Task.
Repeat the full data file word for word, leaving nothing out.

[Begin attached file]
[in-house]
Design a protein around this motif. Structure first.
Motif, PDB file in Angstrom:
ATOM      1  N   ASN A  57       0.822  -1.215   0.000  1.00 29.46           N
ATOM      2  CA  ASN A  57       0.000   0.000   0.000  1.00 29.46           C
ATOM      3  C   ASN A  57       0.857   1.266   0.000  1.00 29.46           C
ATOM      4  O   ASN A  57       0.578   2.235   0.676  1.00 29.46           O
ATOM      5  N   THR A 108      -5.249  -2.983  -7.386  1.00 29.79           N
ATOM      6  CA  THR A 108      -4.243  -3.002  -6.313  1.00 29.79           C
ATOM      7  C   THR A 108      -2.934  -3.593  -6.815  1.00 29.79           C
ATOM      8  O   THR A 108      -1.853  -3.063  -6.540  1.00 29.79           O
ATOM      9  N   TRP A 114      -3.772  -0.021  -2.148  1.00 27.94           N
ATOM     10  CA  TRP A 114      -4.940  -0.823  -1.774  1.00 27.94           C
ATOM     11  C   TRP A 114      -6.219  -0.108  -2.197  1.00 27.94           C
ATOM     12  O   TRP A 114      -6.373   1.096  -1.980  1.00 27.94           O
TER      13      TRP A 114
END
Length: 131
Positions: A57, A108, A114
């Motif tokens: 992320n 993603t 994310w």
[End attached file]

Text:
[in-house]
Design a protein around this motif. Structure first.
Motif, PDB file in Angstrom:
ATOM      1  N   ASN A  57       0.822  -1.215   0.000  1.00 29.46           N
ATOM      2  CA  ASN A  57       0.000   0.000   0.000  1.00 29.46           C
ATOM      3  C   ASN A  57       0.857   1.266   0.000  1.00 29.46           C
ATOM      4  O   ASN A  57       0.578   2.235   0.676  1.00 29.46           O
ATOM      5  N   THR A 108      -5.249  -2.983  -7.386  1.00 29.79           N
ATOM      6  CA  THR A 108      -4.243  -3.002  -6.313  1.00 29.79           C
ATOM      7  C   THR A 108      -2.934  -3.593  -6.815  1.00 29.79           C
ATOM      8  O   THR A 108      -1.853  -3.063  -6.540  1.00 29.79           O
ATOM      9  N   TRP A 114      -3.772  -0.021  -2.148  1.00 27.94           N
ATOM     10  CA  TRP A 114      -4.940  -0.823  -1.774  1.00 27.94           C
ATOM     11  C   TRP A 114      -6.219  -0.108  -2.197  1.00 27.94           C
ATOM     12  O   TRP A 114      -6.373   1.096  -1.980  1.00 27.94           O
TER      13      TRP A 114
END
Length: 131
Positions: A57, A108, A114
């Motif tokens: 992320n 993603t 994310w």